A distributed project for both sides of the Atlantic (and Pacific)

There’s no place in the word saturated with Unitarians, Universalists and kindred faithful. The demographic (and existential?) crisis the British Unitarians and Free Christians face can and may be seen elsewhere, including the United States.

Short of forming a new congregation — and that’s quite an ask so there’s needs to be a second task — what can a person do. You would expect me to say pray and give money; yes, these are needed, but they risk being cliche, and thus heard but unheeded.

Other tasks, like inviting friends in other towns to visit their local church and offering to house visiting ministers, are good but include a non-trivial amount of effort, and particularly speak to extant churches.

It would be good if there were a set of simple tasks that take relatively little effort and  could be farmed out to as many vounteers as possible. I’ve thought of two, and perhaps there are more.

  1. Sending welcome postcards on behalf of a new start congregation. I can imagine a new start with a somewhat sophisticated constituent management system where visitors or a welcome team would input offered information. It should be possible to pass off the postcard writing job — nice to do in house, but I’m thinking of how swamped new start life must be — to someone in the same region. Something of the old Post Office Missions semi-domesticated.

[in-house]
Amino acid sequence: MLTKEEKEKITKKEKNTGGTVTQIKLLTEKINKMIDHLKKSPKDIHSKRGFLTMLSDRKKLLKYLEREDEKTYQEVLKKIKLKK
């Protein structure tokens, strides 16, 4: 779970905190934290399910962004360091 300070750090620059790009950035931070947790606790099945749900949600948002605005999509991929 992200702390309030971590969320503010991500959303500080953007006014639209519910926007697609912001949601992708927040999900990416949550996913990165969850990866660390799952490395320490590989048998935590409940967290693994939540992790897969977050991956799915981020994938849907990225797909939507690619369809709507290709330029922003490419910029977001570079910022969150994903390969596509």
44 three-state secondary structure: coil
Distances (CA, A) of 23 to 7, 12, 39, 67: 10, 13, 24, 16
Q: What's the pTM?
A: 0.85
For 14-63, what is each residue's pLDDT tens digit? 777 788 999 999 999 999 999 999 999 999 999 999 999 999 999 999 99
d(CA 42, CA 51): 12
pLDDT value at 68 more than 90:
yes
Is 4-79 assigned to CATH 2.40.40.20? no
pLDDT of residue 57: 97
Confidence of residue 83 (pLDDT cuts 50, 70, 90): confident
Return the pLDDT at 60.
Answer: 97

2. Perhaps more practically, calling around or searching online for suitable meeting locations. These can be entered in shared spreadsheet, if not the heretofore mentioned constituent management system. Especially helpful if someone has local knowledge in an area that doesn’t have a congregation.

But there have to be many, many more distributed projects waiting to be activated. What kind of things would you suggest?

By Scott Wells

Scott Wells, 46, is a Universalist Christian minister doing Universalist theology and church administration hacks in Washington, D.C.

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